In addition, surfing the Internet in 1996 wasn't as easy as it is today. Some readers may remember how much time it took to download a long filing such as an annual or quarterly report, and the not-so-user-friendly formatting of financial statements and other tables on the EDGAR system at that time.

Since 1996, in addition to mandatory EDGAR filings, virtually all investors have easy access to EDGAR filings from their desktop, due to the popularity of browser software, which many take for granted today. In addition, most public companies have an "investor information" section on their website, where investors can conveniently obtain business and financial information about the company. Moreover, companies often have a Facebook page, a LinkedIn page, and a Twitter account, and use other social media channels. All of these make information available almost instantaneously.

Investors do not have to turn to an issuer's annual report to see historical stock prices or recent stock prices. A variety of widely used news websites and business and investor websites all make this information easily available. Many of these services provide convenient (and often free) tools for accessing other useful information about historical stock prices, including graphs, and the ability to compare the performance of a particular stock against the performance of its peers, or against a relevant sector index or broader market index.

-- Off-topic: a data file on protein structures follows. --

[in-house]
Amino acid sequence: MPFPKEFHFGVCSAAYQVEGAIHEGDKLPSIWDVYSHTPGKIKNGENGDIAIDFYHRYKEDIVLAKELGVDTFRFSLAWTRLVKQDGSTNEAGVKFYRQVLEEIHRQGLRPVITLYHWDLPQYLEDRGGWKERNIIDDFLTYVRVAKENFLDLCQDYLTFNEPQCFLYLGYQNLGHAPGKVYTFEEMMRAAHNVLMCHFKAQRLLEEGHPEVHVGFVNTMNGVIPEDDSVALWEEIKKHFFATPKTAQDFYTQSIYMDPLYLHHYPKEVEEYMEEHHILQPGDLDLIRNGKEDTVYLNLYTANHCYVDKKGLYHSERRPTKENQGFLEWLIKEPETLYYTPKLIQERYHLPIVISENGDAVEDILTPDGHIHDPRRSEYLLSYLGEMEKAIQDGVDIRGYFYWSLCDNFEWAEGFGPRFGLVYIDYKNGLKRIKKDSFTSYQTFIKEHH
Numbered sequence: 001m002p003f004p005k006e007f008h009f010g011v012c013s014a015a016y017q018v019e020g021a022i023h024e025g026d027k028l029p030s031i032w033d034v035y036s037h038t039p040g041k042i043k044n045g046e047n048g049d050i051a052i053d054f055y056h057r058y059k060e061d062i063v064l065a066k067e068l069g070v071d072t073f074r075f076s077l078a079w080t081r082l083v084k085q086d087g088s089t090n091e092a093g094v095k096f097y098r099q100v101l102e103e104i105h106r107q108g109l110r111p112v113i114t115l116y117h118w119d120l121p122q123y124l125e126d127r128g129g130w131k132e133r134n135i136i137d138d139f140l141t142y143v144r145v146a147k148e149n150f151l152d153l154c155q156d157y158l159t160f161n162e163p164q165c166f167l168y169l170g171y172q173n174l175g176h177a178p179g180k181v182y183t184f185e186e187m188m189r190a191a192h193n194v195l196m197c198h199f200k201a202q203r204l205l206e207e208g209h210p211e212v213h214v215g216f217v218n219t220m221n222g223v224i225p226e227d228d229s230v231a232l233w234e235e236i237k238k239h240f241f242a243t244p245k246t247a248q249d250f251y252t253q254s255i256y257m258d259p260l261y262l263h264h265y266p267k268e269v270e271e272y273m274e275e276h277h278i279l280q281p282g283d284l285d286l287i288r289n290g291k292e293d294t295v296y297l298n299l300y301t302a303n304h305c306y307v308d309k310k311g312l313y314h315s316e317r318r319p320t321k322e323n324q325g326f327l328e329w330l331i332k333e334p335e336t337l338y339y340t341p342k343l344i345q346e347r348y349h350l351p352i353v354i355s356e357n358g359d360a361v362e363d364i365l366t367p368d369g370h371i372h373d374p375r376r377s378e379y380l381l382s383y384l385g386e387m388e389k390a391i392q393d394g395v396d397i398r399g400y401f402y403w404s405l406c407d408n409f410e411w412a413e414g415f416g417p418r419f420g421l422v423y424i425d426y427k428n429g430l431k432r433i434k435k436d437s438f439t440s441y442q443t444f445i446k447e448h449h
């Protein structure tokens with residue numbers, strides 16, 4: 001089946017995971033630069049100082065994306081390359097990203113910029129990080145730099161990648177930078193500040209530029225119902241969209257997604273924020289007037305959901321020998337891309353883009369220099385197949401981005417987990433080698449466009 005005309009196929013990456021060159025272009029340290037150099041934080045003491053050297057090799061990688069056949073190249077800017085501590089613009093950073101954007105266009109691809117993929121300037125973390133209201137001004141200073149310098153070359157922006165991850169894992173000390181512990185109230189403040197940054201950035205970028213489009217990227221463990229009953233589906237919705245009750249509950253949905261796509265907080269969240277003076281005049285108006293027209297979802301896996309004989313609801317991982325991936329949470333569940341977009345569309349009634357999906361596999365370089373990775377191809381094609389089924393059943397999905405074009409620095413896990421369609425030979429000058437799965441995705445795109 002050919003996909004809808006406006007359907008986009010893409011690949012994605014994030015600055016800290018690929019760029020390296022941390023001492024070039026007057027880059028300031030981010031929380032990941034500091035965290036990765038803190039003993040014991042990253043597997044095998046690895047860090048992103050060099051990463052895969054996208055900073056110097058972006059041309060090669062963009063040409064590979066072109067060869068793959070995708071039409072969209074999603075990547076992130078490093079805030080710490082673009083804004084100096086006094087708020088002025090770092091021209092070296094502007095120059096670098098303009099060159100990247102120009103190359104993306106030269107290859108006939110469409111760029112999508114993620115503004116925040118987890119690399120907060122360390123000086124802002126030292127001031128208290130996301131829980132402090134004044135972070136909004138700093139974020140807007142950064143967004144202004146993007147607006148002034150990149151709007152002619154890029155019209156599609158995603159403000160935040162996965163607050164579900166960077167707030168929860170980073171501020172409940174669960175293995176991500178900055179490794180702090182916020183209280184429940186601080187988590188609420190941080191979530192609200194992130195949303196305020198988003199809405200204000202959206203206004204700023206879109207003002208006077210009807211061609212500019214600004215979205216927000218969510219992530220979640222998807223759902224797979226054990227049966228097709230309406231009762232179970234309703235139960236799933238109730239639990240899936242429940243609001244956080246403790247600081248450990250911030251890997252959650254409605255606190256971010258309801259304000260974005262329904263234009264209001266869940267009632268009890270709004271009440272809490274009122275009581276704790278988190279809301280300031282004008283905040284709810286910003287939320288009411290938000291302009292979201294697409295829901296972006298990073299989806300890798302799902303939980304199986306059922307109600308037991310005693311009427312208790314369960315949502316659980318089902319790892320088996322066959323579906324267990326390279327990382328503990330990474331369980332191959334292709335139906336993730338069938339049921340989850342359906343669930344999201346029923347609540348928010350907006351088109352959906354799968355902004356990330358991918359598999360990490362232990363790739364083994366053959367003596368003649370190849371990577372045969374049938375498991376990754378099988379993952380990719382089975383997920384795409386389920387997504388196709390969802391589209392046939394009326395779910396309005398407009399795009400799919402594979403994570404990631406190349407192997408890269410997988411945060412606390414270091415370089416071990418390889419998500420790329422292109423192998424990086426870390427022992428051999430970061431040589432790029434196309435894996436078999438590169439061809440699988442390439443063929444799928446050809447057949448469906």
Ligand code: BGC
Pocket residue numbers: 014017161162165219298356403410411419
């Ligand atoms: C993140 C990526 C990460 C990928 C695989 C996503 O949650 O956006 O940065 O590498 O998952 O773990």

The enhanced availability of information is not limited to companies registered under the Exchange Act. In 2008, the SEC modernized its exemption for foreign private issuers under Exchange Act Rule 12g3-2(b). This provision enables companies that are public outside of the U.S., but who have a significant number of U.S. shareholders without having had a public offering in the U.S., to avoid registering under the Exchange Act if they satisfy certain requirements. These requirements include maintaining a website with English language business and financial information that can be accessed by U.S. shareholders. These companies now include a significant number of non-U.S. issuers that have ADRs which trade in the U.S. over-the-counter market with "Level I" ADR programs, but do not file periodic reports with the SEC.

In a nutshell, the amount of information about virtually all public companies, and the ease with which an individual investor can access that information, has expanded beyond the imagination of a securities lawyer or regulator in 1996.